Press Review: Home, I’m Darling

Every couple needs a little fantasy to keep their marriage sparkling. But behind the gingham curtains, things start to unravel, and being a domestic goddess is not as easy as it seems…

Directed by Tamara Harvey written by Laura Wade, the 2019 Olivier award-winning Home, I’m Darling tells the story of Judy (Jessica Ransom) and husband Johnny (Neil McDermott), who are living a 1950s fantasy life – Judy has left her job to fully embrace the role as a housewife after an upbringing with a feminist and activist mother (Diane Keen). Their love of the era is shared by friends Fran (Cassie Bradley) and Marcus (Steve Blacker-Barrowman), but for them, it is merely a hobby.

Judy’s desperation to try and live a simple idealistic life based on 50s values, which initially seems to be working for both of them, starts to quickly unravel, putting a strain on her relationship as their financial stability start to dwindle. Try as she might, Judy can’t avoid modern life completely – we see guests with mobile phones from guests and a laptop to buy the authentic items in the house from Ebay. Similarly, the darker side of 1950s values are demonstrated in the misogyny expressed by Marcus throughout.

Jessica Ransom is fantastic as the neurotic Judy, moving around the stage anxiously, while maintaining a blissful ignorance. In direct contrast, Diane Keen is the perfect voice of reason, regularly pointing out the realities of what the 1950s were really like. Husband Johnny is brilliantly played by Steve Blacker-Barrowman, who realises what he is losing by trying to adapt to a new lifestyle.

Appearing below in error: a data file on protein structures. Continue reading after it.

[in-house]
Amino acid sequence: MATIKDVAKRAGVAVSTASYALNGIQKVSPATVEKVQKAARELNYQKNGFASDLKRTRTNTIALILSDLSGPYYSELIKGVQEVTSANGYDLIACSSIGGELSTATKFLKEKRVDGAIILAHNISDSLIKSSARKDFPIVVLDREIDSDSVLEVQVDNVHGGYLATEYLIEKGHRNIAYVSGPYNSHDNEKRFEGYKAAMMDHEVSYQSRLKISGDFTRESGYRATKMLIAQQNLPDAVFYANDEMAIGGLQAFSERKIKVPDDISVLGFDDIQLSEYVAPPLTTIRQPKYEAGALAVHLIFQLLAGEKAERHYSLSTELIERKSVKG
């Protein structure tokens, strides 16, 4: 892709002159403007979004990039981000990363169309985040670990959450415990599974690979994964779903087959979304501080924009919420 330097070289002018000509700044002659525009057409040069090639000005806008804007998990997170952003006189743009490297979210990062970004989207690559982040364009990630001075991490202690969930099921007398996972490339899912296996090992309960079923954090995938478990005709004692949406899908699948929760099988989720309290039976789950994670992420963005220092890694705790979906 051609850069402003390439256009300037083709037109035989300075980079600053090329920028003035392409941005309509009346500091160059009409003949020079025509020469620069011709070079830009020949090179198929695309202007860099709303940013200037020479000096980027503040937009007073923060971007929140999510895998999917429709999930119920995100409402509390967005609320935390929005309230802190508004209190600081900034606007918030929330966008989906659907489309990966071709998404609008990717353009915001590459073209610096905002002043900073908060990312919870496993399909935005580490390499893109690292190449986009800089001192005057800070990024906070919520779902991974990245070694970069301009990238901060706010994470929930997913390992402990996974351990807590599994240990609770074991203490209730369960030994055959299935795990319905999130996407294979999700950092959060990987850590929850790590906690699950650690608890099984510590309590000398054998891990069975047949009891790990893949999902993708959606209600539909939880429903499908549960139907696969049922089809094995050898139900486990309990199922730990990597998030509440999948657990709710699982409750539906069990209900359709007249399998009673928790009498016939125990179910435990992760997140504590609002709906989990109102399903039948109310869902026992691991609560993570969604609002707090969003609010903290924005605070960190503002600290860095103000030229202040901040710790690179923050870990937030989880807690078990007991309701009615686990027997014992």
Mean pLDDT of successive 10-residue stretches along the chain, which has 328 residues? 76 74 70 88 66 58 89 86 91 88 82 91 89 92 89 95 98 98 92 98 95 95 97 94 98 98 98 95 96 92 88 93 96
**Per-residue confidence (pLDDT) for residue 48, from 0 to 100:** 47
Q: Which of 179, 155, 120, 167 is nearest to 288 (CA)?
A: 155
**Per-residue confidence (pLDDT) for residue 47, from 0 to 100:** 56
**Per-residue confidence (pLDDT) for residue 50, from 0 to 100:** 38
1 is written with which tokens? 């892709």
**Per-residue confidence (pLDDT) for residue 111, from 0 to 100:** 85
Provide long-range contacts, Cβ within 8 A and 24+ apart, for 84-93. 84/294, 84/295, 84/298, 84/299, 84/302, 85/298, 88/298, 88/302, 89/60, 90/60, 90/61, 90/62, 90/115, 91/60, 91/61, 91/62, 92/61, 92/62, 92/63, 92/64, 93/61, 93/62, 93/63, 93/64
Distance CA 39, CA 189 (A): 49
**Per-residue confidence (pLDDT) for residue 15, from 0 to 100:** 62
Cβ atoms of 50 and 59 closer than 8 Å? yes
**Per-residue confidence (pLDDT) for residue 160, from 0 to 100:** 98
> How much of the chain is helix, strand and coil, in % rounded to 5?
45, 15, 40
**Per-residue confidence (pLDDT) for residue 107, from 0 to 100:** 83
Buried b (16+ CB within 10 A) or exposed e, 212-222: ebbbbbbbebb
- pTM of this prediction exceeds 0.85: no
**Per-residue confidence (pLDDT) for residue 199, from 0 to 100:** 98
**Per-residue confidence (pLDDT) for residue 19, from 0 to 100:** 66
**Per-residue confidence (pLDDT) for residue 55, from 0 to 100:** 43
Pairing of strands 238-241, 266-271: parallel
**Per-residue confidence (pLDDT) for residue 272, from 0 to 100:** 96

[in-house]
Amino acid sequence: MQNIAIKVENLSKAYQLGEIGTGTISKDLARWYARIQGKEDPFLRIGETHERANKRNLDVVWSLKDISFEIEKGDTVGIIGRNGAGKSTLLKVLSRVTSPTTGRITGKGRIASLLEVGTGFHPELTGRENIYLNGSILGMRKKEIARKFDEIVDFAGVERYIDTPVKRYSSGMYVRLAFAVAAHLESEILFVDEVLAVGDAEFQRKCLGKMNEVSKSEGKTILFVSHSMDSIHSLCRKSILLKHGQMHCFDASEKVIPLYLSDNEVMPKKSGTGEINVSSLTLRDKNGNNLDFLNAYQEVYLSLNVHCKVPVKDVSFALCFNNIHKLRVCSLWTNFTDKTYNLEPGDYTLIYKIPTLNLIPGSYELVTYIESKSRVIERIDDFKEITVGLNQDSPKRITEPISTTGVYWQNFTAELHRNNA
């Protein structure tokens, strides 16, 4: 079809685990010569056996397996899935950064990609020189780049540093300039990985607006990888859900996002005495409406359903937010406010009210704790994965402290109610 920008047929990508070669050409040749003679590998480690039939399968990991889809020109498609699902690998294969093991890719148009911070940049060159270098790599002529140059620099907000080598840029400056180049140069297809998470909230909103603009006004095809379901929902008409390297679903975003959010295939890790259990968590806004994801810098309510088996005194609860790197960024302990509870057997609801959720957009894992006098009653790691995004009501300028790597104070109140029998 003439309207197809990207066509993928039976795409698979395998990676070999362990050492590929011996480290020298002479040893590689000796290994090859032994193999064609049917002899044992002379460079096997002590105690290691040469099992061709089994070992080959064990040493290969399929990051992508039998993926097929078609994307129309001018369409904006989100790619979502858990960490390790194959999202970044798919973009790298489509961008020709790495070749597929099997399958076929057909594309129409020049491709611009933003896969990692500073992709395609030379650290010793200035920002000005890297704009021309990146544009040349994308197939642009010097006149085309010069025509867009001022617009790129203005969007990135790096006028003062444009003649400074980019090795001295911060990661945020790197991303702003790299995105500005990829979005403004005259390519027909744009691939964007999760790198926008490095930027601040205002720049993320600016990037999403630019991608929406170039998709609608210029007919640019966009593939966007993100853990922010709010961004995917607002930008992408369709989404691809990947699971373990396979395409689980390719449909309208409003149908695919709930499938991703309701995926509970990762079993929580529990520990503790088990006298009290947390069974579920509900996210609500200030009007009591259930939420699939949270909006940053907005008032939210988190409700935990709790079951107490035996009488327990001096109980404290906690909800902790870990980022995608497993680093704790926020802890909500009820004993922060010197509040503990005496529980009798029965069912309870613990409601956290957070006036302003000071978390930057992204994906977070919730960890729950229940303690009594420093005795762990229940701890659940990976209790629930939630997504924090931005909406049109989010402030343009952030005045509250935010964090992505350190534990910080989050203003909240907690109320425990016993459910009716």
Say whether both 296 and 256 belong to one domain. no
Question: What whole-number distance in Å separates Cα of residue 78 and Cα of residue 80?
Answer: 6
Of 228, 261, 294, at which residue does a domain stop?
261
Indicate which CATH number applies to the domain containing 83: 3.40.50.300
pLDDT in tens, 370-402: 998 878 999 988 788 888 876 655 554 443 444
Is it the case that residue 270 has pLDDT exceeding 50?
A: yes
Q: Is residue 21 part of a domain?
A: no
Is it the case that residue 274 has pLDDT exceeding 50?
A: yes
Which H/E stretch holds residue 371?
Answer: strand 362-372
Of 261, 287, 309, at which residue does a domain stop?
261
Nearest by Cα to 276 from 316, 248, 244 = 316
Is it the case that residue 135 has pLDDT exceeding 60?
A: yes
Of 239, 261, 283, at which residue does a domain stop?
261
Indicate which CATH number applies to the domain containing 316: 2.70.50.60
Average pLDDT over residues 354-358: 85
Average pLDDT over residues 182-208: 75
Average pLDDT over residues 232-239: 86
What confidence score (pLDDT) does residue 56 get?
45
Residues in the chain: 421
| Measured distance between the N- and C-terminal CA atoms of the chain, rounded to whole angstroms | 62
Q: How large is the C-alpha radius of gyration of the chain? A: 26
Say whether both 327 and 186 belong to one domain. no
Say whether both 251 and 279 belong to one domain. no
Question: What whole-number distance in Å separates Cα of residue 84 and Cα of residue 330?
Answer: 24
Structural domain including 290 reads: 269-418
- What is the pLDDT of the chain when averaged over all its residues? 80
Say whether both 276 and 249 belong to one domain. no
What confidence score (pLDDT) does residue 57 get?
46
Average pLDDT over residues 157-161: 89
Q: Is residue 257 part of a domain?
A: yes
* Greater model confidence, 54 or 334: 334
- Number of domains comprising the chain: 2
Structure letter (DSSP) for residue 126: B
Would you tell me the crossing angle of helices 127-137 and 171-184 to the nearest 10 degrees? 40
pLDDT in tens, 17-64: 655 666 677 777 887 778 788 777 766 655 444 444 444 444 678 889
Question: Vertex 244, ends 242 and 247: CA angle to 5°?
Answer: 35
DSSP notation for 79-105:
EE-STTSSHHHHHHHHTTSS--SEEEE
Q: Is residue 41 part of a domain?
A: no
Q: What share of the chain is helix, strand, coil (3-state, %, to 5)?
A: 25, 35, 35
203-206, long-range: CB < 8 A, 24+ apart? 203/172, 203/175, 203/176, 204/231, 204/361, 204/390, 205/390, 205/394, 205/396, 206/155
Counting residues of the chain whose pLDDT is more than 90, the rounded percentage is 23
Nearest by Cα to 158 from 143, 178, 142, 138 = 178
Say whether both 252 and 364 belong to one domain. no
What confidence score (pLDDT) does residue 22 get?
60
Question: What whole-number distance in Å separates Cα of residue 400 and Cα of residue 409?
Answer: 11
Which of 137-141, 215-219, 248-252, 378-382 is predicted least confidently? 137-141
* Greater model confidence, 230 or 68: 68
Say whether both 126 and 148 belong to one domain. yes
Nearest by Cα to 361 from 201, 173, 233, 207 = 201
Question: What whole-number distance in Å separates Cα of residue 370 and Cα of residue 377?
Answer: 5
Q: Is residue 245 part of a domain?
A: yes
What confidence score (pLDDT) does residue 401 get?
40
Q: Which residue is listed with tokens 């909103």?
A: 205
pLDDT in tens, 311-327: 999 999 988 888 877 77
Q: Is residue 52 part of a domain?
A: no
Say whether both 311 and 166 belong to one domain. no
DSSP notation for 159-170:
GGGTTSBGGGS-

Anna Fleischle’s set and costume design is superb. Set in a 1950s house – centred on the kitchen and living room – everything is neatly arranged and regimented, but contradicted by the 50s garish colours and patterns covering the walls.

The story compares 1950s idealist values and modern day equality, each realising that both have flaws. There are fundamental issues of communication in a relationship, and honesty comes into question when Judy hides the truth about their money troubles from Johnny. yet her partner tries to be honest and open, yet he also wants things to change leaving Judy feeling like she has to give up everything. The ending proves to be a lesson in understanding and compromise for the greater good.

Home, I’m Darling is funny. witty and thought-provoking. Well worth a watch!

Home, I’m Darling will be on stage at The Alexandra Theatre until Saturday 29th April. Purchase your tickets here!